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Solar farm's construction upsets Spotsylvania residents: Report

Critics of the sPower solar project in Spotsylvania County have raised concerns about its environmental impact.

SPOTSYLVANIA COUNTY, VA — Developers of a major energy project in central Virginia are turning open land and woodlands into red-clay paths as they build the massive project. The energy project is not a natural gas pipeline or a fossil-fueled power plant. It's one of the largest solar energy developments in the country.

Nearby residents complain that this type of solar development is actually bad for the environment, causing a loss of acres of carbon-reducing trees that were cleared for the project.

Since 2017, residents in northwestern Spotsylvania County — in what's called the Wilderness area of the county — have been fighting construction of a massive 500-megawatt solar project. The plant itself will take up a huge amount of land, far more than a fossil-fueled power plant that generates the same amount of power. Natural gas and coal plants, though, require disturbances of land outside the footprint of the generating facility to produce, process and transport the fuel to the power plant unlike solar plants, which rely on the sun to generate... more [truncated due to possible copyright]  

Critics of the sPower solar​ project in Spotsylvania County have raised concerns about its environmental impact.

SPOTSYLVANIA COUNTY, VA — Developers of a major energy project in central Virginia are turning open land and woodlands into red-clay paths as they build the massive project. The energy project is not a natural gas pipeline or a fossil-fueled power plant. It's one of the largest solar energy developments in the country.

Nearby residents complain that this type of solar development is actually bad for the environment, causing a loss of acres of carbon-reducing trees that were cleared for the project.

Since 2017, residents in northwestern Spotsylvania County — in what's called the Wilderness area of the county — have been fighting construction of a massive 500-megawatt solar project. The plant itself will take up a huge amount of land, far more than a fossil-fueled power plant that generates the same amount of power. Natural gas and coal plants, though, require disturbances of land outside the footprint of the generating facility to produce, process and transport the fuel to the power plant unlike solar plants, which rely on the sun to generate electricity.

Critics of the Sustainable Power Group, or sPower, project, according to a Free Lance-Star report, have raised a range of concerns, from the amount of land disturbed to the removal of trees needed to build the project to the construction's impact on neighbors.

Aside from building solar farms in areas that require deforestation and upset local habitat and ecosystems, some renewable energy advocates suggest better sites for solar panels include flat roofs, parking lots and non-forested land. Energy conservation, along with reining in industrial and housing development, also can help reduce greenhouse gas emissions and avoid the negative impacts of energy infrastructure development.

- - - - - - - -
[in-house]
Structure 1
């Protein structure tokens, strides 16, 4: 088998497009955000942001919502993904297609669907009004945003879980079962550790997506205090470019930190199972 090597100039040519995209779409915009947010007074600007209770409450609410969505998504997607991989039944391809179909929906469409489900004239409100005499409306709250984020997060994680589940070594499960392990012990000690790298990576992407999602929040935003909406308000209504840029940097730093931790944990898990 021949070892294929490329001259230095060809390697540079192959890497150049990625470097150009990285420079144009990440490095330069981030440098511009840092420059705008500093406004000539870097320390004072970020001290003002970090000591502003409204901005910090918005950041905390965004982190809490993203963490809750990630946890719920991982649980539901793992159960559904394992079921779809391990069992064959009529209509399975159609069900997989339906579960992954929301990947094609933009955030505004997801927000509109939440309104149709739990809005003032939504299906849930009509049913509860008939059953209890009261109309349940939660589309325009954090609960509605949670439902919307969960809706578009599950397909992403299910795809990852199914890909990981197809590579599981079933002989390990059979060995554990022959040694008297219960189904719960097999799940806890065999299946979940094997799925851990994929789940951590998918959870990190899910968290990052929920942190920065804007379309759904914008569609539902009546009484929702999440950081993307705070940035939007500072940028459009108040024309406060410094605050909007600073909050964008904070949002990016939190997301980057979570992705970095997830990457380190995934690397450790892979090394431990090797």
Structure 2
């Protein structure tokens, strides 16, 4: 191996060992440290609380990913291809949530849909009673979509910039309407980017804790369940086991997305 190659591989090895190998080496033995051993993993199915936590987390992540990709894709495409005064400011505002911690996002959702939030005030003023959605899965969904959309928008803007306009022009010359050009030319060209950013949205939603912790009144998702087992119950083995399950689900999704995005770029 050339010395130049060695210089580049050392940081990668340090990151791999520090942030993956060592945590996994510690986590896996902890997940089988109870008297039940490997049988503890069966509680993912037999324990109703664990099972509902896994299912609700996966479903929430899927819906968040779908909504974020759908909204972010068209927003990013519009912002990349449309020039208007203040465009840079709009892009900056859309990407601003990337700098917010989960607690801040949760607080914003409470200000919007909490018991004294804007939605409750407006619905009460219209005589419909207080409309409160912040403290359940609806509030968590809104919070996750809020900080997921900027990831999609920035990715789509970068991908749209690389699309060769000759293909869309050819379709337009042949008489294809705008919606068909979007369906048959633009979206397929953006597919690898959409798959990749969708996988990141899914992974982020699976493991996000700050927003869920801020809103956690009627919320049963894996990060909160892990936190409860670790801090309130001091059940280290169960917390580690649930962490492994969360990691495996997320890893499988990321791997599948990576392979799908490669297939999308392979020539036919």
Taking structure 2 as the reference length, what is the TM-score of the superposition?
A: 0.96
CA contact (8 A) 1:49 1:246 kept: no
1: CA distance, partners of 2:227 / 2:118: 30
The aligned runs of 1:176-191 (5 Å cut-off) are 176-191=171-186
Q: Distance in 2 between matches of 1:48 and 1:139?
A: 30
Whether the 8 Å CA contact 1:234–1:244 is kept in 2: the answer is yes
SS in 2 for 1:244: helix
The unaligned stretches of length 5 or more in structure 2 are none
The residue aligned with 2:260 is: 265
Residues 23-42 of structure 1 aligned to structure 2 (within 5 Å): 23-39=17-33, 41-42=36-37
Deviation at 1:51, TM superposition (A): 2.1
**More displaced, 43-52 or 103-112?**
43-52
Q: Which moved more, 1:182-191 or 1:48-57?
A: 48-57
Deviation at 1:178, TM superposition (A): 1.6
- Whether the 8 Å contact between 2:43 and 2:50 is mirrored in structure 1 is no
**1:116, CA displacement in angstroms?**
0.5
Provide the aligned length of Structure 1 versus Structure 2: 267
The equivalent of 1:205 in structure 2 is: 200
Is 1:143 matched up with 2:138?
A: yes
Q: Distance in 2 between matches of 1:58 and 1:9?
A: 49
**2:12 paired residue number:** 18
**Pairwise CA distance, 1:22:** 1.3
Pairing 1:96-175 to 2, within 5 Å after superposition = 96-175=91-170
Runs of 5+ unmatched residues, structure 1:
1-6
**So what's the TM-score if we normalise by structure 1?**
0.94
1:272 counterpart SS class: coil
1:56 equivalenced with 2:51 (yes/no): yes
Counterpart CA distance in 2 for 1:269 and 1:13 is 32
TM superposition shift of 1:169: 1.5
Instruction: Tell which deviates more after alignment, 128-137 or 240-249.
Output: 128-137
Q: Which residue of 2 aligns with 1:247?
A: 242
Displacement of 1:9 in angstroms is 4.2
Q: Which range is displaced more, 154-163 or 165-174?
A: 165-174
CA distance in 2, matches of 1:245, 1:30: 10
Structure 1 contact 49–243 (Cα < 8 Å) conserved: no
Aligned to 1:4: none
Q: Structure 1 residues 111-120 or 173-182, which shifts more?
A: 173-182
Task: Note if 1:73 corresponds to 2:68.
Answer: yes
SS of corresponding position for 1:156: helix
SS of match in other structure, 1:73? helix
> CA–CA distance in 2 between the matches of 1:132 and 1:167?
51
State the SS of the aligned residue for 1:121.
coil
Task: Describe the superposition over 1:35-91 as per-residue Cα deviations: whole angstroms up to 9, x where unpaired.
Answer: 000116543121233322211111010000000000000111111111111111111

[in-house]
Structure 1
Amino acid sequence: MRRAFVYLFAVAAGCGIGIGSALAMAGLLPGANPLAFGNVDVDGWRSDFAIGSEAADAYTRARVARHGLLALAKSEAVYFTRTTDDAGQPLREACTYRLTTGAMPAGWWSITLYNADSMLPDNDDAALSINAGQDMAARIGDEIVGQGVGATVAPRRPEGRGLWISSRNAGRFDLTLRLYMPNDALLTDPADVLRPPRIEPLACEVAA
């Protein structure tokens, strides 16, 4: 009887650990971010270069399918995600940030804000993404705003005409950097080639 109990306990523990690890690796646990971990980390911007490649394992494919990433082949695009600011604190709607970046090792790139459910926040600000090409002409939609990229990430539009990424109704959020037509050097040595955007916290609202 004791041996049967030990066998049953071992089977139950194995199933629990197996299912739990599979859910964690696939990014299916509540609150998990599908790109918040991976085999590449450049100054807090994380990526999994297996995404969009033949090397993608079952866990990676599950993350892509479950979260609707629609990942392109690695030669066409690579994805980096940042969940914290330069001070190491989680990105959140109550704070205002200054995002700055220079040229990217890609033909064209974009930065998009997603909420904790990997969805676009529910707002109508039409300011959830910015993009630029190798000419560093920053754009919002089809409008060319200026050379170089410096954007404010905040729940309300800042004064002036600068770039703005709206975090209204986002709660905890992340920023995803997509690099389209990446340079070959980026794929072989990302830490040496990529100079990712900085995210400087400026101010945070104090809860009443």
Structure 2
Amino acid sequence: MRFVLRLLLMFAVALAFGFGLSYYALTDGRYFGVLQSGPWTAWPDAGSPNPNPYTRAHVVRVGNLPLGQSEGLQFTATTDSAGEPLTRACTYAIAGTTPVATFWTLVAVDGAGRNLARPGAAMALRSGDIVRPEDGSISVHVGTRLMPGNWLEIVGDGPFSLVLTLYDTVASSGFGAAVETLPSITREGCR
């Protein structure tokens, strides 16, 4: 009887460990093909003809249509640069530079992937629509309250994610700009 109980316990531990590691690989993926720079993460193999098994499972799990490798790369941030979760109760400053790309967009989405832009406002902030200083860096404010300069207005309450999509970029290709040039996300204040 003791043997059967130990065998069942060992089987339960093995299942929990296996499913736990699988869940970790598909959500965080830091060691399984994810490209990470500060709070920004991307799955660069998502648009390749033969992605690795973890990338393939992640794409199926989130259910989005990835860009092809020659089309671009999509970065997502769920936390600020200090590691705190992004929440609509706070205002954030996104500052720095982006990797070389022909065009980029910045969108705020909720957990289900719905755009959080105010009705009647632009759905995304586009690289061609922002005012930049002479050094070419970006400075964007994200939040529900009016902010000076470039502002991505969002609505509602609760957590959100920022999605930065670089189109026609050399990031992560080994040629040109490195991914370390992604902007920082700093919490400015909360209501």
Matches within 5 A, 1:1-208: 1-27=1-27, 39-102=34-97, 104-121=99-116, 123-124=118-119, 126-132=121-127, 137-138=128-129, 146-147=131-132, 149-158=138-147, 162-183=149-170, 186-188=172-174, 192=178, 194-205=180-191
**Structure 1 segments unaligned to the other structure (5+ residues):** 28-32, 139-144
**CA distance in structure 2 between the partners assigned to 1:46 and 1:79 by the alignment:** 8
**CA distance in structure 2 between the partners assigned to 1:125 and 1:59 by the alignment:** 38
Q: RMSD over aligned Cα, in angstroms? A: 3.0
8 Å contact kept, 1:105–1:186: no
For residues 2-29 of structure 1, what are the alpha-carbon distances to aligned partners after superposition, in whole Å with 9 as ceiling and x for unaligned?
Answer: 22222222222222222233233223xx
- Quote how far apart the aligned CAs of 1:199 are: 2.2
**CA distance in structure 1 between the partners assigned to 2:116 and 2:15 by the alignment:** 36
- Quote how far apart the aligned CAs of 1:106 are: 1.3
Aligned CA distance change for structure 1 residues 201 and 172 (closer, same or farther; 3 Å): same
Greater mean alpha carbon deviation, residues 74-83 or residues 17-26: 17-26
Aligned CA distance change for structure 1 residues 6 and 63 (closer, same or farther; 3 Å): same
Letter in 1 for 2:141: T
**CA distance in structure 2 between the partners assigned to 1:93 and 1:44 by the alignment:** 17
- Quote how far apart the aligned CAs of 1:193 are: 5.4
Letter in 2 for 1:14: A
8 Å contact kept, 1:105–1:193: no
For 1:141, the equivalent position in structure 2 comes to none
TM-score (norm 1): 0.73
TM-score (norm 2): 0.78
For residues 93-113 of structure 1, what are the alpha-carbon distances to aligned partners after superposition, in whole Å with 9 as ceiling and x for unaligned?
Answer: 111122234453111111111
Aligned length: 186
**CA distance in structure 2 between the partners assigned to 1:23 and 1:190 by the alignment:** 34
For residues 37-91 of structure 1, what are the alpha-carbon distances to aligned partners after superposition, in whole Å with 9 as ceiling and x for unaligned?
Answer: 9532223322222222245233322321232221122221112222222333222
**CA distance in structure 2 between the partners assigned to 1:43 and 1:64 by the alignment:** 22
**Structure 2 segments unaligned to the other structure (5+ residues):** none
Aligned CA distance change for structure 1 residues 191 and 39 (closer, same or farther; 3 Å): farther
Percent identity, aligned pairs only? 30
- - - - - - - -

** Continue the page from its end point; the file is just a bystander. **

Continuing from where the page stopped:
The Spotsylvania County Board of Supervisors approved special-use permits last April for the solar farm, a $615 million facility that will require more than 6,300 acres to install 1.8 million solar panels, the Free Lance-Star reported.

The project developer, sPower, is a joint venture partnership between AES Corp., a global energy company based in Arlington, and Alberta Investment Management Corporation, an institutional investment fund manager in Canada.

The company touts how the project will generate enough power to supply the equivalent of about 111,000 homes and offset 340,000 tons of carbon dioxide emissions each year. But most of the output from the solar farm will not be used to help keep the lights on in homes or provide air-conditioning for families in the summer.

Instead, sPower, based in Salt Lake City, has agreements to sell its energy to high-tech companies, including Microsoft, that have plans to build new power data centers in the state. The University of Richmond also has signed a contract to use power from a portion of the project.

Michael O'Bier, a retired plumbing contractor who lives next to the project, told the Free Lance-Star that his property is at "ground zero." Impacts to his property have been cited in one of the project's zoning violations.

"It's been a war zone," O'Bier told the Free Lance-Star. Impacts from work on the solar project have ranged from muddy runoff water streaming through his property to having portable toilets set up just across his property line by the developers get submerged in muddy water after a rain storm.

An sPower spokeswoman told the Free Lance-Star that the company "has gone above and beyond to remediate what was going on on Mr. O'Bier's property" and that sPower "has been working closely with the county and Mr. O'Bier to address his concerns."

The spokeswoman said the company will continue to monitor the project and handle any issues that might arise, the Free Lance-Star reported.


Source: https://patch.com/virginia/...

JAN 29 2020
http://www.windaction.org/posts/51224-solar-farm-s-construction-upsets-spotsylvania-residents-report
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